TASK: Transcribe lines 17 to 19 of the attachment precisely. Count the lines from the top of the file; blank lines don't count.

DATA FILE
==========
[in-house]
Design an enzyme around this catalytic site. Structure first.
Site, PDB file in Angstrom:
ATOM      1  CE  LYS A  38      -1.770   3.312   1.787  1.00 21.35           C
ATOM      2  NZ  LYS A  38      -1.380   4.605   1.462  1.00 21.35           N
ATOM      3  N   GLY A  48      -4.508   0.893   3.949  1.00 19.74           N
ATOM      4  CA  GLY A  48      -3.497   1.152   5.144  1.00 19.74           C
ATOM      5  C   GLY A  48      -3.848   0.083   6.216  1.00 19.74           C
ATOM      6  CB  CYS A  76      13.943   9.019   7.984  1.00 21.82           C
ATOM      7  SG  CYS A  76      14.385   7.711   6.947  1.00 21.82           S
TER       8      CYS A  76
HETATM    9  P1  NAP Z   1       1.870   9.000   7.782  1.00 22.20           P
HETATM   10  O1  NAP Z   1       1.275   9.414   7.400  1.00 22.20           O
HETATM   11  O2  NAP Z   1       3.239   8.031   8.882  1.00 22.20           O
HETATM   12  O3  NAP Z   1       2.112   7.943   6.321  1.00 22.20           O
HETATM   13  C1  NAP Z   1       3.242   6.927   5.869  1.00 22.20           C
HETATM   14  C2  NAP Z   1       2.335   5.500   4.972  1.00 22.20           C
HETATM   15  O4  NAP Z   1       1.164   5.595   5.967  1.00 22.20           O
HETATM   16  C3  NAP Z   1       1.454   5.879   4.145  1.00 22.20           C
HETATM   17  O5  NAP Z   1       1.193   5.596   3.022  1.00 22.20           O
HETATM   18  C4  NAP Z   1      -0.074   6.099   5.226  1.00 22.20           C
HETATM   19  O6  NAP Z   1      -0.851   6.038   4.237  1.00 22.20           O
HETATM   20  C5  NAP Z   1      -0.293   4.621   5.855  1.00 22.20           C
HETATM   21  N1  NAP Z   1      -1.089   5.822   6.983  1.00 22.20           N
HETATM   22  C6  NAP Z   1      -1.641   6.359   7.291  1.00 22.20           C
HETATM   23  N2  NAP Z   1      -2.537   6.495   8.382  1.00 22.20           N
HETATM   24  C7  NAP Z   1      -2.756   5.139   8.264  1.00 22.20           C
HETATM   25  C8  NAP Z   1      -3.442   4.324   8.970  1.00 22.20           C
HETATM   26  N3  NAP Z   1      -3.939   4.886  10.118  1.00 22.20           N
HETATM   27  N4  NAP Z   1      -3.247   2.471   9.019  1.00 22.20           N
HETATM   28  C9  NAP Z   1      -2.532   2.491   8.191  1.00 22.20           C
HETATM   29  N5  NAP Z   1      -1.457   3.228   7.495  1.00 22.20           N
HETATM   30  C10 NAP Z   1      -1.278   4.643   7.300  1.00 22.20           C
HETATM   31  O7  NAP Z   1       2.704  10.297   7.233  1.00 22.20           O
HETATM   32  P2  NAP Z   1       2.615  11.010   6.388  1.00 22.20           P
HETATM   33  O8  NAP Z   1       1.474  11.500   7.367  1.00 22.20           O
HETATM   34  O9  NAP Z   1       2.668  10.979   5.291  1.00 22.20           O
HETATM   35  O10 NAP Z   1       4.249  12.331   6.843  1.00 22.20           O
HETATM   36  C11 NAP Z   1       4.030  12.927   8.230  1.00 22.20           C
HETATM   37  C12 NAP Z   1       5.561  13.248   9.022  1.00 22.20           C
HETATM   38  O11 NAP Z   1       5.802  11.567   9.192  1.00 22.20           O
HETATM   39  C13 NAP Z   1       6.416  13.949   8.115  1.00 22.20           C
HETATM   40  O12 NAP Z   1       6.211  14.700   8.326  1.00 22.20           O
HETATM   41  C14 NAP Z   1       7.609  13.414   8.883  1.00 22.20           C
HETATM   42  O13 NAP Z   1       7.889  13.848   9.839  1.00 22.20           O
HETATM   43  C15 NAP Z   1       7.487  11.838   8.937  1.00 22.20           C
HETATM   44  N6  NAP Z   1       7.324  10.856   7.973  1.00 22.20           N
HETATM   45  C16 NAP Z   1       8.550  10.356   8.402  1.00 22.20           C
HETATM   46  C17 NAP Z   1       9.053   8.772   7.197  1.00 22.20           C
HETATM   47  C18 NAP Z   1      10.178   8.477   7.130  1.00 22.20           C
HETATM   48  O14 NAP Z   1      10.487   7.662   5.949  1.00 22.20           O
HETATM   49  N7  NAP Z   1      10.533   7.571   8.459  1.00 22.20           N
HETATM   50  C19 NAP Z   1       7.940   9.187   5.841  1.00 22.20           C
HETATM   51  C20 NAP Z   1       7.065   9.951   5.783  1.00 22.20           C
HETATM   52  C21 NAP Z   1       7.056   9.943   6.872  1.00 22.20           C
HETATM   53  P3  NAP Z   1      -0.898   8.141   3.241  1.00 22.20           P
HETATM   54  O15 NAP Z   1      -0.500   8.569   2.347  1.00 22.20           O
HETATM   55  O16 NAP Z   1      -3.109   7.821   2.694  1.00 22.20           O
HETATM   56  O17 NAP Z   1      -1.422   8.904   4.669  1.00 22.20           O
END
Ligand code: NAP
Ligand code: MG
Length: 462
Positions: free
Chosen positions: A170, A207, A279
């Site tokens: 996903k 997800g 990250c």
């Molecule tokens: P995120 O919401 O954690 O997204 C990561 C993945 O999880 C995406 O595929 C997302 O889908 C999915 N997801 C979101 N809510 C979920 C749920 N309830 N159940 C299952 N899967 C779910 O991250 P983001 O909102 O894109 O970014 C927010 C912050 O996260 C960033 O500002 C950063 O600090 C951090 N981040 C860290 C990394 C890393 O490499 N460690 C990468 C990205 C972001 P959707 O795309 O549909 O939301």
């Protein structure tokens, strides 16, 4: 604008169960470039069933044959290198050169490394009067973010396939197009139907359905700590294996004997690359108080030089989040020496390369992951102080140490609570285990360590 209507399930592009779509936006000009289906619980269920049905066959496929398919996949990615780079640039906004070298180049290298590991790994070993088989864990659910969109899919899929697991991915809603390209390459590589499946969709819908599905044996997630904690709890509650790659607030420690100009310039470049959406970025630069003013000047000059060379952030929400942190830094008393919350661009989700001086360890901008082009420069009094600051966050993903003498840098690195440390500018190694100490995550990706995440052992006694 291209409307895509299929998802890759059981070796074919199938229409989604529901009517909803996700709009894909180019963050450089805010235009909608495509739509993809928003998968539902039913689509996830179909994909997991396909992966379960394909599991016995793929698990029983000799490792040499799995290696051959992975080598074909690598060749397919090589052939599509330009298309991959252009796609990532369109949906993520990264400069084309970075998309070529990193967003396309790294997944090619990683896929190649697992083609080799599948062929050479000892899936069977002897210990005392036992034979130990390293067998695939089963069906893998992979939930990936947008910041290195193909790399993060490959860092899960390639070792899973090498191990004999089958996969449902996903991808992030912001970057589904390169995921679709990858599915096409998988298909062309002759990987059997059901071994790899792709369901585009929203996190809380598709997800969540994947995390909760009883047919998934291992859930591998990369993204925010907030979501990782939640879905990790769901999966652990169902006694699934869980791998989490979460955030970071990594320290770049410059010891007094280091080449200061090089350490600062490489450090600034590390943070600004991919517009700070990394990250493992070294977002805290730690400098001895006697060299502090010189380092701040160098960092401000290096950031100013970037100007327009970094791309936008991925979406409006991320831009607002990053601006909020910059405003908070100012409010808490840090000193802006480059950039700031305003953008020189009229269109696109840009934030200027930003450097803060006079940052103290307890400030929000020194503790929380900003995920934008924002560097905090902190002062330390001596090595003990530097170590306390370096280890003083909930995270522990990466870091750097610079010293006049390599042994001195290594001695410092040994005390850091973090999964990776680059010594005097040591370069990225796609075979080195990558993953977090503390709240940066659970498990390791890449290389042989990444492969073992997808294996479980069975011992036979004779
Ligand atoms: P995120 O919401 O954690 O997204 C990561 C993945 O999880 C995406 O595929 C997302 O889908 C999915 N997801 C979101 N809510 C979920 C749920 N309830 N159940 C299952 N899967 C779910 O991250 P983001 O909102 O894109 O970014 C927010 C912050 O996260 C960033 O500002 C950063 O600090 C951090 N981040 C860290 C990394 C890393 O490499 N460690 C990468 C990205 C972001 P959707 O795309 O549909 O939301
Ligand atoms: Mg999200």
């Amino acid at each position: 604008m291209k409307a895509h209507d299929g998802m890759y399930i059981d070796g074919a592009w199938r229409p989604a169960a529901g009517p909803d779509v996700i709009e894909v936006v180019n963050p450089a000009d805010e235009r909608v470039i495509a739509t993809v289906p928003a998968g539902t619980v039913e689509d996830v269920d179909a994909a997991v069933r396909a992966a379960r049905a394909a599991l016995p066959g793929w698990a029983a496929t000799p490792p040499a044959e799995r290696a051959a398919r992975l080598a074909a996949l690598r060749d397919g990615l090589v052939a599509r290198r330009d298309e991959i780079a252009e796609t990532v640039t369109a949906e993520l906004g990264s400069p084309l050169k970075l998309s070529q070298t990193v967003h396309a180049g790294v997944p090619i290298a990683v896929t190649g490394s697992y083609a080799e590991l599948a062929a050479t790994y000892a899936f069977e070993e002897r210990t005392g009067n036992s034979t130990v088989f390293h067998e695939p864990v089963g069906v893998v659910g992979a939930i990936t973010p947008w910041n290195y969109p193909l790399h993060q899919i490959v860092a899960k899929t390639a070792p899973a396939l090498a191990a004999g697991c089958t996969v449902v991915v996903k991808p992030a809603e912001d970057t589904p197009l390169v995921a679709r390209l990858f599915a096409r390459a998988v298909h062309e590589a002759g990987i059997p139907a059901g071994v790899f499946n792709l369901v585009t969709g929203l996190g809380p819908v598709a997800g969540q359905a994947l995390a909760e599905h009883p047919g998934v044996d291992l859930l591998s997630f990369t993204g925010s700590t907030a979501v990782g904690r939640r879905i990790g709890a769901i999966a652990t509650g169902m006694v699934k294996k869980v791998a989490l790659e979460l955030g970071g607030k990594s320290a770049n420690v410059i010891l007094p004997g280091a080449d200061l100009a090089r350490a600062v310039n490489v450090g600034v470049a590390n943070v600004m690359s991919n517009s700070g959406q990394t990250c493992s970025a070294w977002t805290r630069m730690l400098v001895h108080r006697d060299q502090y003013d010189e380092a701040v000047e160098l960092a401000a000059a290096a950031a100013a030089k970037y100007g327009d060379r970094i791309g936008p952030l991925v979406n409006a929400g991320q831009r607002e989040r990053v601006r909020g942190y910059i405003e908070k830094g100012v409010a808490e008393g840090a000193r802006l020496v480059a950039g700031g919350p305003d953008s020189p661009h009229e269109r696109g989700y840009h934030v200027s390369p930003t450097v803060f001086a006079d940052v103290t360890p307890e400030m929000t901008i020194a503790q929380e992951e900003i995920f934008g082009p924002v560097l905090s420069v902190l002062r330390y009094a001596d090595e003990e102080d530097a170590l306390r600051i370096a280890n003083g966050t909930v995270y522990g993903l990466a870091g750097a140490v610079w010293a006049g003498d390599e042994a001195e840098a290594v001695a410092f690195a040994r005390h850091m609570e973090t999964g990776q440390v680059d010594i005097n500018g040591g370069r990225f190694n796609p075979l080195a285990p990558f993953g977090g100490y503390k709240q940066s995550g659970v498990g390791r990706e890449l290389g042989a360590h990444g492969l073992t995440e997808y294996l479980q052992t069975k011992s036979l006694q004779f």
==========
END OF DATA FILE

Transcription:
HETATM   14  C2  NAP Z   1       2.335   5.500   4.972  1.00 22.20           C
HETATM   15  O4  NAP Z   1       1.164   5.595   5.967  1.00 22.20           O
HETATM   16  C3  NAP Z   1       1.454   5.879   4.145  1.00 22.20           C